Get a brief overview of the graphic designer’s process to help you work better with freelancers and employees!
I met up with a freelancer friend recently and she told me that the single most frustrating part of her job was working with clients that don’t understand what a graphic designer’s job looks like on a daily basis.
No, it’s not just “drawing”.
If you’re looking to finding blueskygraphics Online graphic design course for work as freelancer, read on to find out what a freelance designer’s typical day looks like and how you can make the most out of this professional relationship.
1. Making a Daily Plan
Unlike graphic design services where project managers assign daily tasks, freelancers have to self-manage according to their client roster, which means that their work schedule is always subject to last-minute adaptations.
A quality freelancer will always start the day off by checking the tasks they have planned and making a game plan.
Using project management software like Gruup, Asana, Monday or Trello can be a major advantage as it allows external collaborators (such as clients or other freelancers) to keep an eye on the project.
2. Reporting & ETA
Be it a freelancer or an agency worker, every graphic designer’s day starts with talking to clients. They’ll often provide feedback on the work done so far and offer an updated ETA (estimated time of arrival) for their finished project.
Everybody knows that creative work is a little difficult to predict.
Some days it’s all smooth sailing if the designer has a clear brief and creative inspiration happens to strike. Other days are filled endless research and dozens of concepts and ideas, none of which fully please either you or the client.
Nevertheless, there’s always something to report back on; whether it’s asking the client for clarification or providing different options to get a better sense of their style. Don’t be worried about a designer who asks questions and reports potential blocks.
Avoid the one who doesn’t.
Diving right into creative work is difficult (and usually, impossible.) Writers know that the key to good writing is reading, and the same applies to visual artists.
But there’s a catch:
Like everybody else, designers too are overwhelmed by visual stimuli in their everyday life. Therefore, their research has to be a lot more focused and planned than just browsing through their Instagram feed (and checking out what their colleagues are up to).
Depending on their plan for the day, they need to look up the specific projects, styles or industries that they will be working on. For example, Dieline is great for product packaging concepts; Zazzle for business cards, and Behance or Dribbble for activities such as branding and logo design.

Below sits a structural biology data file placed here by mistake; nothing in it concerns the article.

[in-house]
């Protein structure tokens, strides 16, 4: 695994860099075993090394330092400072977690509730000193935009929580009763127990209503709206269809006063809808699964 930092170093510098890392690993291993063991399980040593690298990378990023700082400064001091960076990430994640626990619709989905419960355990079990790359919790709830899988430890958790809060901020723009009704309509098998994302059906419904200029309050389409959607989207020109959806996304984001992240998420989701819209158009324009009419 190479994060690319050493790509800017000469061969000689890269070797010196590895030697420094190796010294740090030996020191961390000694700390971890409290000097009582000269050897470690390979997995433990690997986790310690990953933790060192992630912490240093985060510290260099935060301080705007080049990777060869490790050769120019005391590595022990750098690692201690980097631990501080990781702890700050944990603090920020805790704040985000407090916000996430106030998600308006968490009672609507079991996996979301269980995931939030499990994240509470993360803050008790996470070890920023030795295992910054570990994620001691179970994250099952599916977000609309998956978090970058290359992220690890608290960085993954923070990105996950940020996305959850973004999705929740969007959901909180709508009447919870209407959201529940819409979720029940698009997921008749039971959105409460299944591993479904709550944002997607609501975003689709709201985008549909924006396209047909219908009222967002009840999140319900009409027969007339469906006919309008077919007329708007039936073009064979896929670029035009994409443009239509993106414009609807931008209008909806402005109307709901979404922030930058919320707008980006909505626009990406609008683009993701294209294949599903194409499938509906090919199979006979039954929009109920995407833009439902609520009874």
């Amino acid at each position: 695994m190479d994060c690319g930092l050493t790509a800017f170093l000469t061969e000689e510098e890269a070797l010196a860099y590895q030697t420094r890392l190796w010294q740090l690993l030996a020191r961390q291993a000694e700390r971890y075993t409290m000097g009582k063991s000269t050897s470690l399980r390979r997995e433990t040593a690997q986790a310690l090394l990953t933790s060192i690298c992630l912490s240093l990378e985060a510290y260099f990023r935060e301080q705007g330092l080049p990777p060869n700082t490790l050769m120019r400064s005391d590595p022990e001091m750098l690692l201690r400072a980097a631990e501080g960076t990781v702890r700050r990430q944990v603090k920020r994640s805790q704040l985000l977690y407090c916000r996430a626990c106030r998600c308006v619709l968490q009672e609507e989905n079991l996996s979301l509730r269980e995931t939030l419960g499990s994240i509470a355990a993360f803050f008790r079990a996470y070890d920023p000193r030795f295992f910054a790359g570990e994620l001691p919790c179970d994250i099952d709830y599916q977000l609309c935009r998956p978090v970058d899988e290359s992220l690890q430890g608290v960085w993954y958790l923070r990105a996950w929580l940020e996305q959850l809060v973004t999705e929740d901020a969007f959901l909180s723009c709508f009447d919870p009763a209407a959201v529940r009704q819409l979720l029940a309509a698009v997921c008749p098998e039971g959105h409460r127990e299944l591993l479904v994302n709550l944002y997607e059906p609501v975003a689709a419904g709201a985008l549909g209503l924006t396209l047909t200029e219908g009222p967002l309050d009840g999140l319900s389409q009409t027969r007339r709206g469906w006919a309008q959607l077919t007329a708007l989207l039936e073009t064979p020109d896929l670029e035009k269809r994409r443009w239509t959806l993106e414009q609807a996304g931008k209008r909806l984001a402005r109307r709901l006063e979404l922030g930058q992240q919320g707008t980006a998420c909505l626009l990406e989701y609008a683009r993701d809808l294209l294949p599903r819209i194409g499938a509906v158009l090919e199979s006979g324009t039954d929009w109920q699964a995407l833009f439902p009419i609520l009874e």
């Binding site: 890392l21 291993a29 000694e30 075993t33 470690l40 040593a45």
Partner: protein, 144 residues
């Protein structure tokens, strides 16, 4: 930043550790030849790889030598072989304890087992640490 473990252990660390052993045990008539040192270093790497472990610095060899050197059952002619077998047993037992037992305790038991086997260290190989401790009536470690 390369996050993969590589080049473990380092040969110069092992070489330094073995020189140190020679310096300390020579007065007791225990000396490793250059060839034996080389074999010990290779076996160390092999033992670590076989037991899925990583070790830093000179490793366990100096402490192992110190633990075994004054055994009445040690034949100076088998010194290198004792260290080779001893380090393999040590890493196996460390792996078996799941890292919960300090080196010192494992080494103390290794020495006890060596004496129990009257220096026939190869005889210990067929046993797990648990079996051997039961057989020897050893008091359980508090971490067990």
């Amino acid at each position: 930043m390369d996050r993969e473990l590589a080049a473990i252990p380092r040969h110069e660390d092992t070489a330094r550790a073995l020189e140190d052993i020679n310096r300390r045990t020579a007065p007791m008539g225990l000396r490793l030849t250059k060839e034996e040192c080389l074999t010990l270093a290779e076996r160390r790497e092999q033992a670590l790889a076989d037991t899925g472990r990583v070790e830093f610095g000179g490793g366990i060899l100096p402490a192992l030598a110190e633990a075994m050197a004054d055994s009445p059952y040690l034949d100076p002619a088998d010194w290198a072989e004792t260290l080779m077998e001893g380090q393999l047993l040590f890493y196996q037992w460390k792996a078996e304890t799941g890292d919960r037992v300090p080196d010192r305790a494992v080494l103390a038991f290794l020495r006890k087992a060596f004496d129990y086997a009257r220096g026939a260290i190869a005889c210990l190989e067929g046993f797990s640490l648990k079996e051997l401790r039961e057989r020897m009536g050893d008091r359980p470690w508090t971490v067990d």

Of course, this doesn’t mean that they’ll end up going in the same direction. However, knowing what’s trending or relevant is critical in the world of professional design. With this in mind, a designer’s research must also include reading up on relevant design blogs or other industry publications.
4. Creating Concepts & Drafts
Miscommunication happens, no matter how much a freelancer tries to prevent it.
Therefore, getting on the same page with clients (sooner rather than later) is a must for a successful design process (which can be streamlined by using a nifty tool such as Review Studio).
Smaller daily design projects will take a professional designer around 24 hours to complete. This might include:
- Social media graphics
- Blog graphics
- Display ads
- Logo design concept
That means that in any case, a designer should have the first draft ready within a few hour. With more complex projects such as web page design or gamification-based projects, it can take a couple of days before a first draft is ready.
Providing a concept is probably the midpoint of a designer’s daily routine. Your task as a client, then, is to be as responsive as possible and send feedback so that the designer can get to work on the more polished project as soon as possible.
Only now is your designer ready to really start working on your project. At this stage, it’s critical that they have access to any branding assets (brand guide, logo, and photos) that you want them to use. Otherwise, the whole process can be delayed.
It’s useful to know what design software your freelancer will be using. They can of course always deliver results in PDF, PNG or JPG format, but if you also need source files, then being on the same page about the software (and sometimes the exact version) can prevent getting corrupted files.
The particular design software will most likely depend on the type of project, but some big names to remember are: Adobe Illustrator and Photoshop (graphic design projects), Adobe XD and Sketch (website design and app design); InDesign and QuarkXPress (print).
Knowing what particular design skills you’re after is equally important when searching for your next collaborator as it is during the design process itself. If you know where you expect your designer to exceed, it will be easier to track how effectively they’re using their time.
Finishing Up the Day
It’s the responsibility of the designer to give a status update and confirm (or update) the ETA at the end of the working day.
Whether you live in different time zones or they’ve had an unexpected sick day, the moment that they’re done with work for the day is the time when you ought to receive an email or a message letting you know what has been done.
Finalizing the day’s work also means creating backups and sending any source files (including design elements), or different versions of the project to the client so that they’re not lost.